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  • Writer's pictureMichelle Henderson

From Struggle to Champion: The Inspirational Journey of Avi Wolfson

Updated: Nov 16, 2023


Avi looking at his inspiration
From Struggle to Champion

In the realm of inspiring stories, few resonate as profoundly as Avi Wolfson's transformative journey. In a recent episode of Michelle's Inspiration Hour podcast, Avi unfolds his tapestry of hope, resilience, and motivation, providing a beacon of light for those navigating their own challenges.


Childhood Challenges:

Avi's narrative begins in childhood, a crucial period that shapes the pillars of our identity. Struggling with undiagnosed bipolar disorder and major depressive disorder, Avi felt the weight of anxiety and social pressures. His early years were marked by a lack of understanding and coping mechanisms, setting the stage for a complex and challenging journey.


Solace in Unexpected Places:

Amidst the turbulence, Avi found solace in the military, only to confront rock bottom. However, this low point became a phoenix of resilience, propelling him towards a remarkable metamorphosis. Avi's rejection fueled a purposeful rebirth, leading him from writing to life coaching and dynamic speaking.


Unearthing Talents:

Avi's story takes unexpected turns as he discovers talents beyond the struggles. From becoming a licensed realtor and professional salesperson to clinching the title of ax-throwing champion, Avi proves that a true gift lies in sparking a fire within oneself.


The Art of Overcoming:

His journey with the Rubik's Cube serves as a metaphor for life's challenges. With a personal best time of around 10 minutes, Avi emphasizes the importance of the process over speed. It's a testament to his philosophy that failure is merely the first attempt in learning.


Empowering Others:

Writing emerges as a therapeutic outlet for Avi, initially fueled by anger and frustration. As he matures, the focus shifts to positivity and personal growth. Avi emphasizes the importance of letting go of bitterness and resentment, paving the way for a more fulfilling life.


Speaking for a Purpose:

Avi's venture into public speaking was spurred by a colleague's encouragement. Recognizing his natural talent, Avi embarked on a journey to share his story and inspire others. His purpose extends beyond personal triumphs, aiming to give a voice to those who feel silenced by societal stigmas.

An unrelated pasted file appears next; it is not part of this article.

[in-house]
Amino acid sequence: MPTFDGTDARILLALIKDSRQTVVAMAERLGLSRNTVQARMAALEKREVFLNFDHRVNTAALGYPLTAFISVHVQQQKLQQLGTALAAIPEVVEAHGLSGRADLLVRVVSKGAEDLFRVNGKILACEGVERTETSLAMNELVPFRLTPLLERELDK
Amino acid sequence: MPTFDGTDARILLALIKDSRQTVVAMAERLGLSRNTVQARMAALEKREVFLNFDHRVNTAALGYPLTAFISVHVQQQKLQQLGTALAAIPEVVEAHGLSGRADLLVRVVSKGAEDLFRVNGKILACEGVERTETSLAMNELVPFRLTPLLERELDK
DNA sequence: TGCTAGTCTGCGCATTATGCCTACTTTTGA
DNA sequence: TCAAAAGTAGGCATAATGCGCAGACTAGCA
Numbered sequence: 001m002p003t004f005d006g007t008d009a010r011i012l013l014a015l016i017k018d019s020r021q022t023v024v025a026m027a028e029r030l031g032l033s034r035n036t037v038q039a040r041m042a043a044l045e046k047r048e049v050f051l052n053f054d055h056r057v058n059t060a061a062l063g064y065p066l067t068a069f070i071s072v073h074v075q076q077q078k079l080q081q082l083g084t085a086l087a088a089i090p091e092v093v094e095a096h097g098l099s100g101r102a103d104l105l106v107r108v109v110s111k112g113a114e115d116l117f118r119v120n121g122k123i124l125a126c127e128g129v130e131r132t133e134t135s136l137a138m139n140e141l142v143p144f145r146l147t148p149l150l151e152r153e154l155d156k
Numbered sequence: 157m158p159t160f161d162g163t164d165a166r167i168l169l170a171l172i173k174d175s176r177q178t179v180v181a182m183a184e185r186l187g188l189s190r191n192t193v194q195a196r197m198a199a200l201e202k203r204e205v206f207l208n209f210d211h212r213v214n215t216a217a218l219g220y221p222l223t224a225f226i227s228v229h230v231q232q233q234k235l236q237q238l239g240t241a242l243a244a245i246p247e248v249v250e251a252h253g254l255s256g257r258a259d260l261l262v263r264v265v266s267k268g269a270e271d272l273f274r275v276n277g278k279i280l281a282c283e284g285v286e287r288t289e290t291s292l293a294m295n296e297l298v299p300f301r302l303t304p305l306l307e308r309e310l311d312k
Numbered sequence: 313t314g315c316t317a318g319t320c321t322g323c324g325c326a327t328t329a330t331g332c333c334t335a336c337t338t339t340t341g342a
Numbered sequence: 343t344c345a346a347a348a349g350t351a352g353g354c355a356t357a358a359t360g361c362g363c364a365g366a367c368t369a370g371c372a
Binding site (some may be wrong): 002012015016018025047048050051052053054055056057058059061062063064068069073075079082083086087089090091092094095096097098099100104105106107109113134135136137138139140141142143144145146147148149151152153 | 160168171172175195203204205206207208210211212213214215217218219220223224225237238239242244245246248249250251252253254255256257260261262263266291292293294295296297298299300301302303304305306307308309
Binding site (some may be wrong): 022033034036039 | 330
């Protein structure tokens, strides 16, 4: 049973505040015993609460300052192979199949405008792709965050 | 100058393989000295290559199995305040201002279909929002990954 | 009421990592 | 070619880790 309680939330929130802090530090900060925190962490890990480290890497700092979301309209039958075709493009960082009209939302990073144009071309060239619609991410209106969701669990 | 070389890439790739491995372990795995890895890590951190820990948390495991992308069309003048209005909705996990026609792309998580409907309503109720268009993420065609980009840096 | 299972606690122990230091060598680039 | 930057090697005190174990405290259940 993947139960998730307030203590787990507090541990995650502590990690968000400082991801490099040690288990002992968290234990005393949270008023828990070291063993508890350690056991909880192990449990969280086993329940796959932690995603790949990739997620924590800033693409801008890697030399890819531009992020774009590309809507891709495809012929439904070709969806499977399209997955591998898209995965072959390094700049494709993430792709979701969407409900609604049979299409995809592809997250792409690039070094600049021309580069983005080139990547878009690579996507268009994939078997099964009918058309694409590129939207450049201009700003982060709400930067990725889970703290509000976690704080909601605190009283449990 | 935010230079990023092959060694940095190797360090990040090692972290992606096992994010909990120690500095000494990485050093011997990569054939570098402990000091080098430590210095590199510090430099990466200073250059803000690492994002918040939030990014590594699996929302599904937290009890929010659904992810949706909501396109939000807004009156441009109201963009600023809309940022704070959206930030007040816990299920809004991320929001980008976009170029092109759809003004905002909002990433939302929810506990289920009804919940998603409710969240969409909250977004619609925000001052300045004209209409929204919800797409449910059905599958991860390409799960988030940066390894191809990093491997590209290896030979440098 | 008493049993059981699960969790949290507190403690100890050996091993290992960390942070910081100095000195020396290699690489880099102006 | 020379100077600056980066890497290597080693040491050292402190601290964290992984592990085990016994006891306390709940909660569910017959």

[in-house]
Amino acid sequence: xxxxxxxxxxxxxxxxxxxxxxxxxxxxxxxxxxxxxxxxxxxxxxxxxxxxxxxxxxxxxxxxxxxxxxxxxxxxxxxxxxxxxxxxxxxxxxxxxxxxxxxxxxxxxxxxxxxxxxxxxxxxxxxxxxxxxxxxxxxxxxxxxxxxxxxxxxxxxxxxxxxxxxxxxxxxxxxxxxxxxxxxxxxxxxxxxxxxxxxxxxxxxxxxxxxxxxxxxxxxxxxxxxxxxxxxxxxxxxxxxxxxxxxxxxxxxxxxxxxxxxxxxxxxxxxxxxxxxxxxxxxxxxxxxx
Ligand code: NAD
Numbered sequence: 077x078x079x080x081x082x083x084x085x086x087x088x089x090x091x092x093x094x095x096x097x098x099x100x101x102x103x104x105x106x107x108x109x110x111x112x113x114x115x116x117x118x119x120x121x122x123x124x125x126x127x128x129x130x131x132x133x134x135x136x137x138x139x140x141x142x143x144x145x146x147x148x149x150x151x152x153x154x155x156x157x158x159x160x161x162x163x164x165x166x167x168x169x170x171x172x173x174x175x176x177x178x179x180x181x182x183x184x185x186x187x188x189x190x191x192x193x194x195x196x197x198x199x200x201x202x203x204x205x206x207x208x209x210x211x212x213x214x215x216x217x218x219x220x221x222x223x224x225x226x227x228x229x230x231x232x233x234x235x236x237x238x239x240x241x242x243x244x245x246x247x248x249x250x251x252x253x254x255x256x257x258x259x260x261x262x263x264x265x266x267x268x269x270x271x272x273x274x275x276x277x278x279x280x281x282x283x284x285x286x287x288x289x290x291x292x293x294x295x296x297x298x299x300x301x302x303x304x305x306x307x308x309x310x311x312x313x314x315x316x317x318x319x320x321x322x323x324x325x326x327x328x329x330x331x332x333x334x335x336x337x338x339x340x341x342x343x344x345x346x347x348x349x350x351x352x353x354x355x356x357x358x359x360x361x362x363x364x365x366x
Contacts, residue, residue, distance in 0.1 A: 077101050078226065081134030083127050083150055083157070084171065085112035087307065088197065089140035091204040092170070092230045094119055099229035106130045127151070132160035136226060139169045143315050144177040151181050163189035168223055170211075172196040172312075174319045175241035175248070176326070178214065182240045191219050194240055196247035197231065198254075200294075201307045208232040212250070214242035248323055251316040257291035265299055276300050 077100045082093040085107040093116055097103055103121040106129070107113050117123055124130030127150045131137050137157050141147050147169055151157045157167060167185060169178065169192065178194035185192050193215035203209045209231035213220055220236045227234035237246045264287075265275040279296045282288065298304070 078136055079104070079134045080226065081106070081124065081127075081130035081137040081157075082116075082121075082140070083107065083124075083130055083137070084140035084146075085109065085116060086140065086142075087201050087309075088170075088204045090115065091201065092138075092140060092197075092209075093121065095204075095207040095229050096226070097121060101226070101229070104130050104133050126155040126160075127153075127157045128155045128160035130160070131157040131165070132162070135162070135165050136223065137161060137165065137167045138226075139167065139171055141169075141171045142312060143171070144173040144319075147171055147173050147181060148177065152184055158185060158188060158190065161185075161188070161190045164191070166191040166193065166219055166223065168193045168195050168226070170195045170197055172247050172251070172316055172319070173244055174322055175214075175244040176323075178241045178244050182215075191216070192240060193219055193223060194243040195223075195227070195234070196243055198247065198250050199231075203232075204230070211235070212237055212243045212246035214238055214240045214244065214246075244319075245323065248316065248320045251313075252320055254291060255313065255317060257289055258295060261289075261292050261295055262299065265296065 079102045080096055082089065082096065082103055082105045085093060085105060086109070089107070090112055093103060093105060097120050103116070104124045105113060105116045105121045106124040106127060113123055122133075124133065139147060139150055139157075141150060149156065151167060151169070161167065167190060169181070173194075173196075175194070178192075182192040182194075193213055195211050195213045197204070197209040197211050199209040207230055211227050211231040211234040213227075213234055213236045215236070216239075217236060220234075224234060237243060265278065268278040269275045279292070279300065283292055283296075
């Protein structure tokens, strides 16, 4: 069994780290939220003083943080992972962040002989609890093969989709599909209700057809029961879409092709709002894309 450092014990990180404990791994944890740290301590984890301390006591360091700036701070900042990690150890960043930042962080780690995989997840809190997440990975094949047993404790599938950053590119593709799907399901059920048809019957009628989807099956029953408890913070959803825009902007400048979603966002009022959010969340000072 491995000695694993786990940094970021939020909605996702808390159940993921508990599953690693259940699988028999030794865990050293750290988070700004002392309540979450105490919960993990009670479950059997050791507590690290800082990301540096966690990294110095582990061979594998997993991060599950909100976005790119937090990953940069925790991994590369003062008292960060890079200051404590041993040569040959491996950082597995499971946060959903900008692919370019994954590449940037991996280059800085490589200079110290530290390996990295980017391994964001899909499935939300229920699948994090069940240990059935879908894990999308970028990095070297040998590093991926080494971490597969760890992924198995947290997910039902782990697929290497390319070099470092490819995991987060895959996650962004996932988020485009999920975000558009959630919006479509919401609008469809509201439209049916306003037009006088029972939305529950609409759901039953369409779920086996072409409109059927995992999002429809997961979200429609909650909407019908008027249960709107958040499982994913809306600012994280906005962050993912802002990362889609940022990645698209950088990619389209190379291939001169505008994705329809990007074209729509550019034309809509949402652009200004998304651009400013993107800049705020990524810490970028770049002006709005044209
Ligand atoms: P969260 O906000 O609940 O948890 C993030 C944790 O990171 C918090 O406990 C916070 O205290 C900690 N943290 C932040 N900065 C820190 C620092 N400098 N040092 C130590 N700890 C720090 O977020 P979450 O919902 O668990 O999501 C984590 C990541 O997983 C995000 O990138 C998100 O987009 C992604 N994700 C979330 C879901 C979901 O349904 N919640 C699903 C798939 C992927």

Balanced Realism with Optimism:

Avi introduces the BAC Framework—Balanced Realism with Optimism. This framework encourages individuals to approach life with a balanced perspective, acknowledging challenges while maintaining an optimistic outlook.


Activating Your Spark:

The framework encourages individuals to activate their spark—the unique essence that drives passion and purpose. By identifying and nurturing this spark, one can fuel their journey towards personal and collective success.


Changing Your Narrative:

Avi emphasizes the power of reframing one's narrative. Instead of viewing failures as setbacks, see them as the first attempts in a learning process. Every rejection becomes a stepping stone to the next opportunity, fostering resilience and growth.


Conclusion: From Struggle to Champion

Avi Wolfson's story is a testament to the human spirit's ability to overcome adversity and emerge as a champion. Through ax throwing, Rubik's cubes, writing, and public speaking, Avi has woven a narrative that inspires others to embrace their unique journey and, in turn, become champions in their own lives.


As Avi continues to champion the cause of mental health awareness and empowerment, his story serves as a beacon, guiding others towards a path of resilience, self-discovery, and ultimately, becoming the champions they were meant to be.



Episode Transcript:


Michelle Henderson (00:14):